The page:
Tens of thousands affected by displacement in Silicon Valley

Salvador Munoz of the Laborers Local 270 speaks at rally against displacement in Silicon Valley. PHOTO/SANDY PERRY

Salvador Munoz of the Laborers Local 270 speaks at rally against displacement in Silicon Valley.


SAN JOSE, CA — Tenants and members of the homeless community protested early in the morning outside the hearing of the California Senate Committee on Transportation and Housing on November 12 at the County Building in San Jose, California.

Tens of thousands of low-income seniors, people with disabilities, and working people are being forced out of their Silicon Valley homes, while Congress and the State Legislature have not taken effective action to stop the crisis. Rents in San Jose have risen 10% or more every year since 2010.

The following speakers at the rally were interviewed by the Peoples Tribune:

Salvador Muñoz, Business Agent Local 270 Laborers International Union of North America:  “The laborers are the lowest paid workers in the construction industry.  They help build houses and don’t make enough to rent housing in this area.  They have to live far from here and so they are already tired when they get here.  Some of them sleep in their cars.  They have to be away from their families a lot and it causes social problems.  We have the right to live where we work!”

Shirley Stager, member SEIU, Low-Income Self-Help Center and Silicon Valley Rising:  “I have a 35-year-old son with his own infant son who have to live with me because they can’t afford a place even when he is working.  I am losing four neighbors because their rent was jacked up from $1700 – 2200.  I hear from my co-workers for the state that their rents are increasing, although we are not receiving any pay increases.  Although we have some support on the San Jose City Council for rent control and renter’s rights, there is a lot of influence from big developers also.  This is our town, now Greedsville.”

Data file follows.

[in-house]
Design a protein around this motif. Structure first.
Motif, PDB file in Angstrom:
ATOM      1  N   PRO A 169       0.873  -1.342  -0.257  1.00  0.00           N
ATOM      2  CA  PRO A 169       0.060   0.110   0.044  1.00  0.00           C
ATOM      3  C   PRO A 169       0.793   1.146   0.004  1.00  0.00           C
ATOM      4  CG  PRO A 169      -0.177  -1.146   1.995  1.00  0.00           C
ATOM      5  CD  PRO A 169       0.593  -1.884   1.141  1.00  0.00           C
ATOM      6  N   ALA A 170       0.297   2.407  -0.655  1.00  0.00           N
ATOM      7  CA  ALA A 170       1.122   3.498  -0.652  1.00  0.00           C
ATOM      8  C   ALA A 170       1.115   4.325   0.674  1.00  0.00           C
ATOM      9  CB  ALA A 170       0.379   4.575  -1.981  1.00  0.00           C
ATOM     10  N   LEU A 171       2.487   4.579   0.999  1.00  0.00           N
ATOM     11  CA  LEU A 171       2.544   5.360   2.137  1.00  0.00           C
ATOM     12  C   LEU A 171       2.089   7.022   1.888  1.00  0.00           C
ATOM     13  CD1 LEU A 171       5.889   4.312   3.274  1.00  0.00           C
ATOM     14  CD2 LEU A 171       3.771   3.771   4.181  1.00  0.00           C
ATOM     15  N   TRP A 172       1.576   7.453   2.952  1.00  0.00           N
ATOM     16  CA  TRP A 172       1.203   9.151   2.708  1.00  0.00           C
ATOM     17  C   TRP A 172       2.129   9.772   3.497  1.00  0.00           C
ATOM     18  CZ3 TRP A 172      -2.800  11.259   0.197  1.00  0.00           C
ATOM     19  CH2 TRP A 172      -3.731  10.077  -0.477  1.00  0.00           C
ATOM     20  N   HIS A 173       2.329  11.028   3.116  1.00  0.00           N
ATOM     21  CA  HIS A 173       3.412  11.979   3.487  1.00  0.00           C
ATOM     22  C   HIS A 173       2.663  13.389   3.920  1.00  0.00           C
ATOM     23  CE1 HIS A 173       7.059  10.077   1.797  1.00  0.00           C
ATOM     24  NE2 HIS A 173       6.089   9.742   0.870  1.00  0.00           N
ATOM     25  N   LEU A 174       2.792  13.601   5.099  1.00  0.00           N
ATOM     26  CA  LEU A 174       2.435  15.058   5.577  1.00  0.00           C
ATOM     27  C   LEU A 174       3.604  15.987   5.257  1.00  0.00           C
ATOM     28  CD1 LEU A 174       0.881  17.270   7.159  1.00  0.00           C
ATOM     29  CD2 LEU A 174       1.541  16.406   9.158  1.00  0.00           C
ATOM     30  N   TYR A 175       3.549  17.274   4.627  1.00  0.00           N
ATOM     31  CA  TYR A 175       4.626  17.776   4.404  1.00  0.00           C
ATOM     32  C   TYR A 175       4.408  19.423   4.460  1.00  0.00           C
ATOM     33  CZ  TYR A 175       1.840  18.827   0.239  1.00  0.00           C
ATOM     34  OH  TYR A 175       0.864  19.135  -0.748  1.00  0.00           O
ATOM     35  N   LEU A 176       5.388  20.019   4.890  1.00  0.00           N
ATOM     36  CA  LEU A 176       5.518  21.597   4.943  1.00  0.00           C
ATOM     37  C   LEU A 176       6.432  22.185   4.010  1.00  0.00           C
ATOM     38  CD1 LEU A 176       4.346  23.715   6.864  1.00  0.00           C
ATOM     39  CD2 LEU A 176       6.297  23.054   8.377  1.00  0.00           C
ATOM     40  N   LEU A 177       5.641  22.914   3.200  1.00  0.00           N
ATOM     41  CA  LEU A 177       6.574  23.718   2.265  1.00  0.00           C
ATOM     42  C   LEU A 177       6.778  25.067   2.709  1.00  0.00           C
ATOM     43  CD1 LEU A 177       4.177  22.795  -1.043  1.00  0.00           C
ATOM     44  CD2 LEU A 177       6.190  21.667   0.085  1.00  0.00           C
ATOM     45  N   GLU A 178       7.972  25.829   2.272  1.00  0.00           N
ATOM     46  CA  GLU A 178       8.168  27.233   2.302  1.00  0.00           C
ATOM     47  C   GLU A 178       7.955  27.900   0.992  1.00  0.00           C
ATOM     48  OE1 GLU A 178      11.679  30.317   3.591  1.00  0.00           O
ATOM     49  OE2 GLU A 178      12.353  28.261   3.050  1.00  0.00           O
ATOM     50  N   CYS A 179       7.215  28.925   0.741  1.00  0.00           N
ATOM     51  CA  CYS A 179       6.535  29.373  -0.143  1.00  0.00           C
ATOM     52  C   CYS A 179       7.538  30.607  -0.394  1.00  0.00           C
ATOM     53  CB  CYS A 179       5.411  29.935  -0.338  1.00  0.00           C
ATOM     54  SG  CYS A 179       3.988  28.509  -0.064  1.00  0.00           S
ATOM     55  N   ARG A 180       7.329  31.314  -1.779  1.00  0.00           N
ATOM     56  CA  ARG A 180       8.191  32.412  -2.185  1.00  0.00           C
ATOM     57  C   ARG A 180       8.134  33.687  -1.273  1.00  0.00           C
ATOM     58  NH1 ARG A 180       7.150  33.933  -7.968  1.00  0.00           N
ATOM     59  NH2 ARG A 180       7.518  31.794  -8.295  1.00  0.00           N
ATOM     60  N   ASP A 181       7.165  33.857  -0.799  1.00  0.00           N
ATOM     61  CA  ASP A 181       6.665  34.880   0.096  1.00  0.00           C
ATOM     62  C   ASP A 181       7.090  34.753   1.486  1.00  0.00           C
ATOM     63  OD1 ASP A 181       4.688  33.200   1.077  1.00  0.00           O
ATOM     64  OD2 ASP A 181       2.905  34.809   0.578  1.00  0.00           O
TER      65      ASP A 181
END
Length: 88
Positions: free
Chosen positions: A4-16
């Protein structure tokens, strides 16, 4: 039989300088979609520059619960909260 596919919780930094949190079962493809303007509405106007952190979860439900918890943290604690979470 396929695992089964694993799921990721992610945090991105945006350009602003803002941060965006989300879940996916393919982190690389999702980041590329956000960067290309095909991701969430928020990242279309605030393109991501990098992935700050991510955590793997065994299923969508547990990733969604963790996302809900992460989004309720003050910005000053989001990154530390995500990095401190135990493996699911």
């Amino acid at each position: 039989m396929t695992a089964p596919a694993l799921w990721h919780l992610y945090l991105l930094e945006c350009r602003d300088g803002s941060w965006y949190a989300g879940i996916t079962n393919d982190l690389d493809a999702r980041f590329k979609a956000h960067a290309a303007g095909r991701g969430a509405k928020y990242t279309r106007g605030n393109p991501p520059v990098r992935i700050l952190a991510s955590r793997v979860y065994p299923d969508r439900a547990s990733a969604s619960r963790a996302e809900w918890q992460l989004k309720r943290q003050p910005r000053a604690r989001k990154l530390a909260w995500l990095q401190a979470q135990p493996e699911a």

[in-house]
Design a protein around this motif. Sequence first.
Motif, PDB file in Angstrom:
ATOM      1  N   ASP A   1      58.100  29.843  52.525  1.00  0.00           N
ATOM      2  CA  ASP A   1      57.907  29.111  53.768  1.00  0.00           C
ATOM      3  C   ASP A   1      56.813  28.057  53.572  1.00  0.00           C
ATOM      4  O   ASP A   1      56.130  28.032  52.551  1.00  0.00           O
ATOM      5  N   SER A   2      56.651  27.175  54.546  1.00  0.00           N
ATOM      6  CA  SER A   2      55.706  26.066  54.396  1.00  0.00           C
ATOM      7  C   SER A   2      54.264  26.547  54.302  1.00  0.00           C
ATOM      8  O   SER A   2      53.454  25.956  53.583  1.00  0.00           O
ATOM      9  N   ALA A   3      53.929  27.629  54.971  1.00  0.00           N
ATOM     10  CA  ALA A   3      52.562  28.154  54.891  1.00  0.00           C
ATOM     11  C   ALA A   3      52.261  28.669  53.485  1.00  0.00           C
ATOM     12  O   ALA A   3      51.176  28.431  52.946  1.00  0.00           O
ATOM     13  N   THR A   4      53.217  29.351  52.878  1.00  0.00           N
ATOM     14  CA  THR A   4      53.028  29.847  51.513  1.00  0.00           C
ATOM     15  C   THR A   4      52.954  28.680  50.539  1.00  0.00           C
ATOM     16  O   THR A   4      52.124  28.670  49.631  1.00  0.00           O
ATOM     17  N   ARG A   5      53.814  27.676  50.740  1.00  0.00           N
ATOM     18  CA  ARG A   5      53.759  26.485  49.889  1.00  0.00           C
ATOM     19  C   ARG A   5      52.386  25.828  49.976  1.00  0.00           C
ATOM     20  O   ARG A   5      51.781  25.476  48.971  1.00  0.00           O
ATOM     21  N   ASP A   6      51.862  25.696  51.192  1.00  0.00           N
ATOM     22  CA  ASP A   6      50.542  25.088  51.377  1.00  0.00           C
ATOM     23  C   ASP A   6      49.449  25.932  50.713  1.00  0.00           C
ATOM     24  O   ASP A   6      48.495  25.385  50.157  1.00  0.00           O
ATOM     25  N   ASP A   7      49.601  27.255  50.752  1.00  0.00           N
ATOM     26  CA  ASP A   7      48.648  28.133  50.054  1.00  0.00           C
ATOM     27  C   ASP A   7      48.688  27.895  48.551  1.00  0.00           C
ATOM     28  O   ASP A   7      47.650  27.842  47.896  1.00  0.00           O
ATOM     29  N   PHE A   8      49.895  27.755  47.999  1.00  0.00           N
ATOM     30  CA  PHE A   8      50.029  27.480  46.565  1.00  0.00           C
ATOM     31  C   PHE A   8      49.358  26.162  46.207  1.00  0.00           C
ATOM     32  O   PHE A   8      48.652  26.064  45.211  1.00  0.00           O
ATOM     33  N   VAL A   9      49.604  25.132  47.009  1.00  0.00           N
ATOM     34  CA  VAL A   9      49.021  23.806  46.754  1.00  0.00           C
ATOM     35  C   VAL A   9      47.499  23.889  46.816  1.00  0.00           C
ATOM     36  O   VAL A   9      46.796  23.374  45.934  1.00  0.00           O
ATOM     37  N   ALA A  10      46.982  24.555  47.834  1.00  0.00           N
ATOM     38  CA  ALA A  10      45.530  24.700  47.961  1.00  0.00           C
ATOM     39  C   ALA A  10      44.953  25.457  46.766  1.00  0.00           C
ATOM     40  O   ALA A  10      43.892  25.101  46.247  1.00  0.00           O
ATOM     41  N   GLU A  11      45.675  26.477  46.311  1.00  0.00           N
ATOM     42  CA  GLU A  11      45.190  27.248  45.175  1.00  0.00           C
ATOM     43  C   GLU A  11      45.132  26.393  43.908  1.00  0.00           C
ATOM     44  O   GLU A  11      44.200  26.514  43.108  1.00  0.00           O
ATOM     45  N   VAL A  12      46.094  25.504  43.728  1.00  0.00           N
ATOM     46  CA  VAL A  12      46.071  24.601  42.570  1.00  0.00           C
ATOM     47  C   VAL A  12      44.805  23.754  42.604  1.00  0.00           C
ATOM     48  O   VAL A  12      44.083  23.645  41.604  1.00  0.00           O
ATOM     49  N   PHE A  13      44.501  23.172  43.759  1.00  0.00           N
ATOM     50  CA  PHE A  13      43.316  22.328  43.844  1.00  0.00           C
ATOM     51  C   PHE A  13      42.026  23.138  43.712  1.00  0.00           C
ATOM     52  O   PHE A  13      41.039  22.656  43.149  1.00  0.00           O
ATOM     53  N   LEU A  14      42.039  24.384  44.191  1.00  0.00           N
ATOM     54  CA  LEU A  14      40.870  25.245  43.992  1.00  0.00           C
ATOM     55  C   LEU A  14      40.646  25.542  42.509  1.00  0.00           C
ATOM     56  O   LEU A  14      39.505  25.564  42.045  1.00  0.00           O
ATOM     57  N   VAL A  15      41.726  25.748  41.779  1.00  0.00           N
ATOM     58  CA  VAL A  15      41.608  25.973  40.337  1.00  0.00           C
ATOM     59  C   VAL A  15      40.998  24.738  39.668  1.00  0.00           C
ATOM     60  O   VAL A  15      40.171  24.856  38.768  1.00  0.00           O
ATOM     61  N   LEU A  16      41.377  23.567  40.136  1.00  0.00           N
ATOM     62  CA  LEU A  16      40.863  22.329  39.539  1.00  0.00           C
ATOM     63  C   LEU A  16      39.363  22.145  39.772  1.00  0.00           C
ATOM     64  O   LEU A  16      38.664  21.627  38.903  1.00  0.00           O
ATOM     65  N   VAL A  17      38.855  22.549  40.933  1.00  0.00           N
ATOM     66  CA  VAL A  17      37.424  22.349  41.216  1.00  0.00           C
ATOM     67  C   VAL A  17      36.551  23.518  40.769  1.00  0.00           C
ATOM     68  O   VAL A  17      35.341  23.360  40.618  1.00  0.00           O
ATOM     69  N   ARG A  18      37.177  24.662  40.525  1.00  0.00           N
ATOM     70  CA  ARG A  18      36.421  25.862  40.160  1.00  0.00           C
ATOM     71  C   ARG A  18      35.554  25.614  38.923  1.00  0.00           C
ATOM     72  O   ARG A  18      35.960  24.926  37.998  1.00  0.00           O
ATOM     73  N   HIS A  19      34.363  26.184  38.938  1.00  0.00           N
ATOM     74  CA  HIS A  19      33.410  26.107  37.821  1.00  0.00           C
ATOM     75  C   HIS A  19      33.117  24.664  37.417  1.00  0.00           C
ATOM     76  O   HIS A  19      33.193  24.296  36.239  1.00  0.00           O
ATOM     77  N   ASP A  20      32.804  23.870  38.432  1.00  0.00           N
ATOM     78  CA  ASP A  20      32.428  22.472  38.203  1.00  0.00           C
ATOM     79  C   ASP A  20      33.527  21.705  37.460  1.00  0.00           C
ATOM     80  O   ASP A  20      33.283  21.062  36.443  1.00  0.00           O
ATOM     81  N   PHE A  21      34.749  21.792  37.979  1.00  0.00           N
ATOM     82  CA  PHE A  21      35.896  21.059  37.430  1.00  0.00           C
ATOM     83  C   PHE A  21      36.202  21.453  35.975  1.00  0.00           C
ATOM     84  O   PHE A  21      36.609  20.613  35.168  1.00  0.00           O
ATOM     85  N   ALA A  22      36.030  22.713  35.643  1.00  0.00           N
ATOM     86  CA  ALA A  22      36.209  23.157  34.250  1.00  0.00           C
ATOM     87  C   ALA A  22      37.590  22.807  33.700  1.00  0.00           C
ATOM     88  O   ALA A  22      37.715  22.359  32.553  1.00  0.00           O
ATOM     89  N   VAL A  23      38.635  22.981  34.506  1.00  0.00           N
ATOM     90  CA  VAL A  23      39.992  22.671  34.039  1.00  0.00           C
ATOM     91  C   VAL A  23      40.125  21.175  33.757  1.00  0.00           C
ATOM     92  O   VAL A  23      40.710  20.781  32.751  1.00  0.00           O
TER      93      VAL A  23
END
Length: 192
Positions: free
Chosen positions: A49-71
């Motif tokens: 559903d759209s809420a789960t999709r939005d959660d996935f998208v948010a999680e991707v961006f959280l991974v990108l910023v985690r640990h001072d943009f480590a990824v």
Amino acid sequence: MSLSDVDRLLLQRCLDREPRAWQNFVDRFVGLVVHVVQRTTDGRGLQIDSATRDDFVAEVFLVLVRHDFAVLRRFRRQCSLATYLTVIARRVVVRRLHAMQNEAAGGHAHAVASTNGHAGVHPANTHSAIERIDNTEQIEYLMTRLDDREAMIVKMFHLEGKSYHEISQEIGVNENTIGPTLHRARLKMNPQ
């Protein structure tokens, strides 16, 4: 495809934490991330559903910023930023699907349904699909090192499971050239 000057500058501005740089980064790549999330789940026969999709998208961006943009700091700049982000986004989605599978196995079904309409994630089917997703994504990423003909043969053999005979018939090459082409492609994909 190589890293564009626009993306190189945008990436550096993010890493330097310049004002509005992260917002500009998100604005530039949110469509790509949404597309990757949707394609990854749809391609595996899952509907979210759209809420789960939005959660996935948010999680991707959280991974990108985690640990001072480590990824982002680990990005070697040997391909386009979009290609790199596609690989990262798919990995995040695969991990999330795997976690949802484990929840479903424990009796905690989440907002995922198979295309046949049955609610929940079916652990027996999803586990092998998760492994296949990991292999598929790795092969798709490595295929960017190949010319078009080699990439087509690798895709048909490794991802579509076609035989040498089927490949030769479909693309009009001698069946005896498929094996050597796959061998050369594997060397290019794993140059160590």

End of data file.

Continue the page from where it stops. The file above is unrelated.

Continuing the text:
Pastor Raquel Ordonez from Exodus to Serenity Ministry: “We have faced three evictions in three months.  We operate safe houses to keep people off the streets and bring about transformation in their lives.  We give life skills education, help in restoration court, assist in job placement – we rebuild lives.

“The first one was a safe house in Stockton with eight women and four children; one of them used to live in the former Jungle homeless encampment in San Jose, with a 4-year-old that was born in the camp.  The house is owned by sisters in trust and they decided to sell – there was no just cause for our eviction.  We live by faith and prayer; an attorney came to help.

“The second eviction was a co-ed home in San Jose with four children, two women and seven men that were all homeless.  One has a housing voucher who can’t find a place.  We have been there for three years and were served with a 60-day notice.  The owner wants to divide the house into sections and get $5000 a month instead of the $2650 that she is getting now.

“The third eviction was my own home; I got a 90-day notice because the owner is going to sell.  I am trying to get them to wait until February so that I can use my tax refund to get into another place.”

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